Taking Global Warming Seriously

Let our journalists help you make sense of the noise: Subscribe to the Mother Jones Daily newsletter and get a recap of news that matters.

Over at TomPaine.com, Chris Mooney argues that the fallout from Hurricane Katrina might well act as the catalyst that gets everyone thinking seriously about how to prevent global warming. Here’s hoping he’s right. This bit was interesting, though:

Recently the attorneys general of several progressive-leaning states brought a lawsuit against a group of U.S. electric power companies, trying to hold them responsible for the current and future impacts of global warming on their respective states. The lawsuit has stalled, but it’s just the opening salvo in what could be a flurry of global warming litigation. And as the impacts of climate change become more pronounced, plaintiffs should have an easier time gaining standing in court. “You can’t be contributing to the destruction of the planet’s climate with millions of tons of greenhouse gas emissions and not be committing some kind of a tort,” global warming litigator Matt Pawa told me last year. “It’s just impossible.”

That reminds me of the story of Tuvalu, a small island nation in the South Pacific that could literally get washed away and disappear completely if melting ice caps continue to raise the sea levels. Steven Milloy, a “CATO analyst,” had a good chuckle over this bit of litigation in a Fox column last year. But who is Steven Milloy? Why, as Mooney himself reported for Mother Jones last year, he’s a famous global warming “skeptic” who regularly receives money from Exxon for scoffing at the science behind climate change. So this post has come full circle—that’s exciting.


Headshot of Editor in Chief of Mother Jones, Clara Jeffery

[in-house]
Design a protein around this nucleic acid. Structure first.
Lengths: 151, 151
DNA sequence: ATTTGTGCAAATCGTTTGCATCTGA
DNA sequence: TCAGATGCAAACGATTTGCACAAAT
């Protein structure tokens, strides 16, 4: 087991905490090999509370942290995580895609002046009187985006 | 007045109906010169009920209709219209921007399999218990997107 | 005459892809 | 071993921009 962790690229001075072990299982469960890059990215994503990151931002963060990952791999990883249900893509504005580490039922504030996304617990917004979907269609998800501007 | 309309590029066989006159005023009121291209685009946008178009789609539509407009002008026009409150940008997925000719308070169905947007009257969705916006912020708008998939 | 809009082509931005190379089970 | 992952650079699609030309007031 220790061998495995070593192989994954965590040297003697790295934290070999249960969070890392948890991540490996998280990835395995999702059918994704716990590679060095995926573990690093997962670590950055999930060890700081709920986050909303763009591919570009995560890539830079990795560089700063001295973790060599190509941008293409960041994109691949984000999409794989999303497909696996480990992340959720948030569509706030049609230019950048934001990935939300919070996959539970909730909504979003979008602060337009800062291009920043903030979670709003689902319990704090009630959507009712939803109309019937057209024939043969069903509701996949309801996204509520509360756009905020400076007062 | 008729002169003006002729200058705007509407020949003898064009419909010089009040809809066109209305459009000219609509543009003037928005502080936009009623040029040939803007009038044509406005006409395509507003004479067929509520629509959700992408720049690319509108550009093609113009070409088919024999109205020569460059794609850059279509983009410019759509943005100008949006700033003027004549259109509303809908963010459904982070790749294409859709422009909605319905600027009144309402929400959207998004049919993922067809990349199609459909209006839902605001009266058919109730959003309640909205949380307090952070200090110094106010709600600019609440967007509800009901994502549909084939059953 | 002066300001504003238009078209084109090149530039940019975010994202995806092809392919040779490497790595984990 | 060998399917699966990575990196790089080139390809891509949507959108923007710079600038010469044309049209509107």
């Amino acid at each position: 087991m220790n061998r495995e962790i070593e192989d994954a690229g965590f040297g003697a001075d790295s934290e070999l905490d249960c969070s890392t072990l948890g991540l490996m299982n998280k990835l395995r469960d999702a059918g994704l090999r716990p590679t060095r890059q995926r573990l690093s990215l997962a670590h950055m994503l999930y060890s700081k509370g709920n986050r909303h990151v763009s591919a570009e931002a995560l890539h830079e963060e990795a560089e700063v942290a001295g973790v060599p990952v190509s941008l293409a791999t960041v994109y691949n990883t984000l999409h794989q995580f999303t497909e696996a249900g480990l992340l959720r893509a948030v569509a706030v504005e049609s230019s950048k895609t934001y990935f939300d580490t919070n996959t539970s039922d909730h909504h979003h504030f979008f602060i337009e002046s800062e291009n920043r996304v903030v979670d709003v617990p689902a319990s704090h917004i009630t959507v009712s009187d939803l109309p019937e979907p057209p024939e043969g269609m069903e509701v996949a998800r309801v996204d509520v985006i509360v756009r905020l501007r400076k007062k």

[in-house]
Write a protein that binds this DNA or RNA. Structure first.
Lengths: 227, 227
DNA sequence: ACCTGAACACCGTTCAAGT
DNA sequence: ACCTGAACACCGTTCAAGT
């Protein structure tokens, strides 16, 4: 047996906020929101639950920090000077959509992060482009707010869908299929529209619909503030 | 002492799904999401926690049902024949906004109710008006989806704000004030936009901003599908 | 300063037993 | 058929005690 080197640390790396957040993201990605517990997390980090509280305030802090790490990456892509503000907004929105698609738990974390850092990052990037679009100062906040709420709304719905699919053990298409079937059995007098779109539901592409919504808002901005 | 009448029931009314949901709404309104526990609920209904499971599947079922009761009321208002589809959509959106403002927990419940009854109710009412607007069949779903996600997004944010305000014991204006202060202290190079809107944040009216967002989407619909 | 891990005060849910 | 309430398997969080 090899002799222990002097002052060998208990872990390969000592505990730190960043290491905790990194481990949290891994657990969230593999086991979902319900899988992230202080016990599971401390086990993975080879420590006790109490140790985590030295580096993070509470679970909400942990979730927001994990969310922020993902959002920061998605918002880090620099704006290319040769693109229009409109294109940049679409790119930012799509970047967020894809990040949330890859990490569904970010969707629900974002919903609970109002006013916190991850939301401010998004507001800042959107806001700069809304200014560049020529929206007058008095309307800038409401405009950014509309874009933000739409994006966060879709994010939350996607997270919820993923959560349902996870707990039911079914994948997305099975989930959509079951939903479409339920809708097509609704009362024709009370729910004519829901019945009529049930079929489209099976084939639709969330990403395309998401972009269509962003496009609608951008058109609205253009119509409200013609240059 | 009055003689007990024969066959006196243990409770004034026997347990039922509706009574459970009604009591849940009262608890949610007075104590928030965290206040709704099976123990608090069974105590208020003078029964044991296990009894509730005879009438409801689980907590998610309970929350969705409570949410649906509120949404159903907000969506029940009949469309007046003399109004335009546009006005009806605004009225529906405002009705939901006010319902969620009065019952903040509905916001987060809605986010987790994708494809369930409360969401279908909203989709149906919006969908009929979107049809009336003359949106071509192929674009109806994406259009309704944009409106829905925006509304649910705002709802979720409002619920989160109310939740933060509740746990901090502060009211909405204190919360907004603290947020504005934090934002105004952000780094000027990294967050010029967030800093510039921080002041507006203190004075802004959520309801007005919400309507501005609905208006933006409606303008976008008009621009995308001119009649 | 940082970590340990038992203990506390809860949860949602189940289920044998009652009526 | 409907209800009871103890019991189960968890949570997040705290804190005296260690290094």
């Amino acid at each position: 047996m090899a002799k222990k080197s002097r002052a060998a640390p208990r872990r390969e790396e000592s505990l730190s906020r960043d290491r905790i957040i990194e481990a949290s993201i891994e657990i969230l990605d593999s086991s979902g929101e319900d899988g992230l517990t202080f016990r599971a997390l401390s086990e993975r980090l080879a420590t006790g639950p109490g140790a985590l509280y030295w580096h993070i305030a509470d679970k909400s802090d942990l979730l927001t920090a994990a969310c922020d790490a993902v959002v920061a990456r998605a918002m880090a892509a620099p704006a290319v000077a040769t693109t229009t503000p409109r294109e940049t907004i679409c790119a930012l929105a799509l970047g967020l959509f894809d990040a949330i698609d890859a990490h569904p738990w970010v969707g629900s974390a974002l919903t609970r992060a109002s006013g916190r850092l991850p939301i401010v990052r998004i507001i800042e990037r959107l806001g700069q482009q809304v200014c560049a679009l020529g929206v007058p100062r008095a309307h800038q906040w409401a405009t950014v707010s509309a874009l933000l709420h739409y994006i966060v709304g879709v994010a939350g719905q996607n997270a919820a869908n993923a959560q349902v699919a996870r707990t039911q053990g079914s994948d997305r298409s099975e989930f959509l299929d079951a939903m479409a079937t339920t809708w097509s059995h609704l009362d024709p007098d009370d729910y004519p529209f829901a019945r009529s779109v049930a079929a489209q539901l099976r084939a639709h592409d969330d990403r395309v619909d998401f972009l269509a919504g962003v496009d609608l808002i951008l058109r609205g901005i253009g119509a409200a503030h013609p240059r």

It sure feels that way to me, and here at Mother Jones, we’ve been thinking a lot about what journalism needs to do differently, and how we can have the biggest impact.

We kept coming back to one word: corruption. Democracy and the rule of law being undermined by those with wealth and power for their own gain. So we're launching an ambitious Mother Jones Corruption Project to do deep, time-intensive reporting on systemic corruption, and asking the MoJo community to help crowdfund it.

We aim to hire, build a team, and give them the time and space needed to understand how we got here and how we might get out. We want to dig into the forces and decisions that have allowed massive conflicts of interest, influence peddling, and win-at-all-costs politics to flourish.

It's unlike anything we've done, and we have seed funding to get started, but we're looking to raise $500,000 from readers by July when we'll be making key budgeting decisions—and the more resources we have by then, the deeper we can dig. If our plan sounds good to you, please help kickstart it with a tax-deductible donation today.

Thanks for reading—whether or not you can pitch in today, or ever, I'm glad you're with us.

Signed by Clara Jeffery

Clara Jeffery, Editor-in-Chief

payment methods

We Recommend